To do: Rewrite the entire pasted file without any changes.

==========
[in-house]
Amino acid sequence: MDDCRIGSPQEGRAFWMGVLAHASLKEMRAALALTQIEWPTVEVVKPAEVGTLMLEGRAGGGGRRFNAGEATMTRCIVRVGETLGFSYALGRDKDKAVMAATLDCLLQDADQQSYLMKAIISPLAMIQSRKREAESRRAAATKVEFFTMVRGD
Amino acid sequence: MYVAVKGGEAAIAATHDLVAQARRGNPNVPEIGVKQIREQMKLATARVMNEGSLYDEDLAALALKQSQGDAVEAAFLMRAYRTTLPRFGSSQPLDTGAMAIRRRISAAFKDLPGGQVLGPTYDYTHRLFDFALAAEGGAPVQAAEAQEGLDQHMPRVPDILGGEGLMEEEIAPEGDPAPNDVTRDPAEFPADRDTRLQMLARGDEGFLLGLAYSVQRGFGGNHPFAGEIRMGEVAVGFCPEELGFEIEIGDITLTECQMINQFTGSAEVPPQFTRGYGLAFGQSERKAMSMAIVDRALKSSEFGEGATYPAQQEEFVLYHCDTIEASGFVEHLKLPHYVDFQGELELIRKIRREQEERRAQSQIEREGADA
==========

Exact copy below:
[in-house]
Amino acid sequence: MDDCRIGSPQEGRAFWMGVLAHASLKEMRAALALTQIEWPTVEVVKPAEVGTLMLEGRAGGGGRRFNAGEATMTRCIVRVGETLGFSYALGRDKDKAVMAATLDCLLQDADQQSYLMKAIISPLAMIQSRKREAESRRAAATKVEFFTMVRGD
Amino acid sequence: MYVAVKGGEAAIAATHDLVAQARRGNPNVPEIGVKQIREQMKLATARVMNEGSLYDEDLAALALKQSQGDAVEAAFLMRAYRTTLPRFGSSQPLDTGAMAIRRRISAAFKDLPGGQVLGPTYDYTHRLFDFALAAEGGAPVQAAEAQEGLDQHMPRVPDILGGEGLMEEEIAPEGDPAPNDVTRDPAEFPADRDTRLQMLARGDEGFLLGLAYSVQRGFGGNHPFAGEIRMGEVAVGFCPEELGFEIEIGDITLTECQMINQFTGSAEVPPQFTRGYGLAFGQSERKAMSMAIVDRALKSSEFGEGATYPAQQEEFVLYHCDTIEASGFVEHLKLPHYVDFQGELELIRKIRREQEERRAQSQIEREGADA